Magazines & Anthologies
Rampant Loon Media LLC
Our Beloved Founder and Editor-in-Chief

Follow us on Facebook!


Read them free on Kindle Unlimited!





Blog Archive

Wednesday, October 5, 2011

Ultimate Geek Fu

So I'm watching something on TV a few weeks back—a football game, I think, or at least that's what the Vikings claimed it was—and I catch my first glimpse of the first trailer for the new Hugh Jackman movie that's opening this week: Real Steel. And for the first few seconds, I actually thought it going to be Rock'Em Sock'Em Robots: The Movie.

I meant, sure, why not? If they can make a movie based on the Battleship board game, why the heck not? Why not Chutes and Ladders: The Movie? It'd be a great thriller. See, they're all trapped in this malfunctioning high-tech office building, and they have to get to the helicopter pad on the roof to escape—

Sorry, I digress.

A few more seconds into the trailer, and I start to get that old familiar sinking feeling. No, it can't be. Then the title card flashes up, and I realize—

Yes, it is. It's yet another big-budget big-screen two-hour remake of a fifty-year-old half-hour Twilight Zone episode. In this case, the TZ episode in question was "Steel," which in turn was an adaptation of an even older short story by Richard Matheson, which was first published in F&SF in 1956.

Let's hope they at least changed the ending this time. The original ending was a seriously cynical downer.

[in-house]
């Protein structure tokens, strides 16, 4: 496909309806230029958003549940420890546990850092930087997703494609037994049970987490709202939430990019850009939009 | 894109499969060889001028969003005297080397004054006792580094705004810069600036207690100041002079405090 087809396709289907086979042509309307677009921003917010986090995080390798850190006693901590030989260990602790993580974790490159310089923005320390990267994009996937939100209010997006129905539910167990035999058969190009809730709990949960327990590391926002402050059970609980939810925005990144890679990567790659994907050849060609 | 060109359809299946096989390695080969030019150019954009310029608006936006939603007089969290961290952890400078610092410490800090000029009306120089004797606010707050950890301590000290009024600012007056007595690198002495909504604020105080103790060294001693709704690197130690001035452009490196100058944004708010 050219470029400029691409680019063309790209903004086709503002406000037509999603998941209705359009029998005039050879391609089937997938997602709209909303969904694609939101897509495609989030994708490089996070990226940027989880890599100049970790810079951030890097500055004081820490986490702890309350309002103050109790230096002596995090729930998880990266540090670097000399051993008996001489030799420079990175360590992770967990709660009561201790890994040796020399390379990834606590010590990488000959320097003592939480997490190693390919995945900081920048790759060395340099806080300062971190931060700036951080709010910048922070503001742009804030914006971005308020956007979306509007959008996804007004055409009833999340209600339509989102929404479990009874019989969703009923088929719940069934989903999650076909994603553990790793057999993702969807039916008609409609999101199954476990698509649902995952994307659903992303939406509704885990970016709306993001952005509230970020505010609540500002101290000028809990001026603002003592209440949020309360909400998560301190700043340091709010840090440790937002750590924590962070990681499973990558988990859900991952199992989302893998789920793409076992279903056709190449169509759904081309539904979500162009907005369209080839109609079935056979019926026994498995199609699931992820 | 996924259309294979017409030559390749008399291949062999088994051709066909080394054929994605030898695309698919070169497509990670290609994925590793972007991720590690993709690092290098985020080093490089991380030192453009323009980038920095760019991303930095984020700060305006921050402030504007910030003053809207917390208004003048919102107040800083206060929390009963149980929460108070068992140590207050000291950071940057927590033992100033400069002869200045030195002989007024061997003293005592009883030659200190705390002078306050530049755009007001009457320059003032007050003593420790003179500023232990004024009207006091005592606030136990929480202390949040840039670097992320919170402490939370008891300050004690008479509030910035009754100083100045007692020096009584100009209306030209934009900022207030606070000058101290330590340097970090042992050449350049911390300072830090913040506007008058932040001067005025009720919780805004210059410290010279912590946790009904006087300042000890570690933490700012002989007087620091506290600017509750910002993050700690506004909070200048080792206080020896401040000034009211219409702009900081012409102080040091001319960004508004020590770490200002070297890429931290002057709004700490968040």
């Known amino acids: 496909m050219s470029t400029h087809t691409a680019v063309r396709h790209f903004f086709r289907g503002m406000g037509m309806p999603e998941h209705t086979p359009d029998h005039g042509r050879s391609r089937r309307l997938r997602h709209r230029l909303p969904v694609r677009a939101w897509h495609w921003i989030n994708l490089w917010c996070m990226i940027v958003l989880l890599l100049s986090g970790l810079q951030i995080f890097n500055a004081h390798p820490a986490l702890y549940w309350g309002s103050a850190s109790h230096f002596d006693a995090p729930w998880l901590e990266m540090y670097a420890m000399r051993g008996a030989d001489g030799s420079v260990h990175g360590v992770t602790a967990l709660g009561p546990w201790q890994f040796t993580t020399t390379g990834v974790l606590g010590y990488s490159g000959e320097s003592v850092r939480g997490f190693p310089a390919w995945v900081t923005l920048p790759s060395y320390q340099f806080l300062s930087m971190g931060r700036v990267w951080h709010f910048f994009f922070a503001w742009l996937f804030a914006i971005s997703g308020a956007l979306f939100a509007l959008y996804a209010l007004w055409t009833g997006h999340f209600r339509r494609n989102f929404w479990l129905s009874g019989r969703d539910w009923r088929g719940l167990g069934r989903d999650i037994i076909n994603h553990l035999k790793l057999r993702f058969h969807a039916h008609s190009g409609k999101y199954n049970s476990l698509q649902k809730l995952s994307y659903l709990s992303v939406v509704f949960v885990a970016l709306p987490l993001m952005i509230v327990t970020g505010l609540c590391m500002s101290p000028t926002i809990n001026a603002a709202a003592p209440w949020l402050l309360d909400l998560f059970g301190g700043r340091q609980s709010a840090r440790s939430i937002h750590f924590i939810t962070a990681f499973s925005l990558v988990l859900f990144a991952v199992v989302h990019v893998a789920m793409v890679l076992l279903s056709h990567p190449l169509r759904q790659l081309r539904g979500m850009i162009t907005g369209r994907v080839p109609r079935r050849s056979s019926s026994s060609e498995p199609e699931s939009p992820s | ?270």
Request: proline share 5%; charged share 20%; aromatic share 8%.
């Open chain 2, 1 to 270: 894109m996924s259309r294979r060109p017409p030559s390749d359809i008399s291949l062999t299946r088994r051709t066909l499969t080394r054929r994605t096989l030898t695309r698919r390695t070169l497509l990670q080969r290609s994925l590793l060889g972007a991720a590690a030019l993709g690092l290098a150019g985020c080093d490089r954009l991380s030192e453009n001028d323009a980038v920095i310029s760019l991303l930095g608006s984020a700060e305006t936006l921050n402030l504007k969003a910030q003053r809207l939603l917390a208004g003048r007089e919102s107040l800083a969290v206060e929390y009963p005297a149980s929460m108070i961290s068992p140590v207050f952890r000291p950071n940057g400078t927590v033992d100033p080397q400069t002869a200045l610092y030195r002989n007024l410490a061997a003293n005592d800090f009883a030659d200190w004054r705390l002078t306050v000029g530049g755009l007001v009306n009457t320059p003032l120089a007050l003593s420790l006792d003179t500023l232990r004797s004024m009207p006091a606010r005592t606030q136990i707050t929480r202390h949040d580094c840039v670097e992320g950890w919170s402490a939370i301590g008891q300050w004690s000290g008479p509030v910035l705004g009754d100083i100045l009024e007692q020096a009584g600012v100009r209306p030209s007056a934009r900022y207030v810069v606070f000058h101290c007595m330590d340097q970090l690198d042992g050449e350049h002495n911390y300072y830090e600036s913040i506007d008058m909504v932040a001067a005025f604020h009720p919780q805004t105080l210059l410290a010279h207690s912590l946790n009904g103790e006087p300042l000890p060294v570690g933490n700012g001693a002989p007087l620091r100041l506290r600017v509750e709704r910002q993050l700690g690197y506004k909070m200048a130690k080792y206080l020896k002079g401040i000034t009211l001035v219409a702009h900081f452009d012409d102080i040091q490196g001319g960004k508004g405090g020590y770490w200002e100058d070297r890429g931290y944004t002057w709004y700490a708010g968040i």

Look, I'm glad Richard Matheson is still alive, and I hope he's collecting a major ***load of royalties and residuals for this one. But come on: aren't there any original ideas in Hollywood?

If I were ever to teach a formal course in science fiction and the writing thereof, this one would be on the required reading list:

It's a collection of Richard Matheson short stories from the 1950s, repackaged as if to look like it's a spinoff from the most recent remake of I Am Legend. You can find it on Amazon, if you so desire, but I'd recommend looking for it first in your local Goodwill. There should be a pile of copies in the 10-books-for-$1.49 bin.

As it is, I'm seriously thinking of making this one required reading for all potential STUPEFYING STORIES contributors. Not only is Matheson a true master of the "ironic twist" ending, and the stories are for the most part a bunch of short, fast, and fun reads, it's also a really terrific compendium of the story ideas that were really very hot and clever... 50 to 60 years ago.

Get this book. Read it. If the really clever idea you have for the story you want to write is in this book—move on. Write something else.

Let the arguments begin.
blog comments powered by Disqus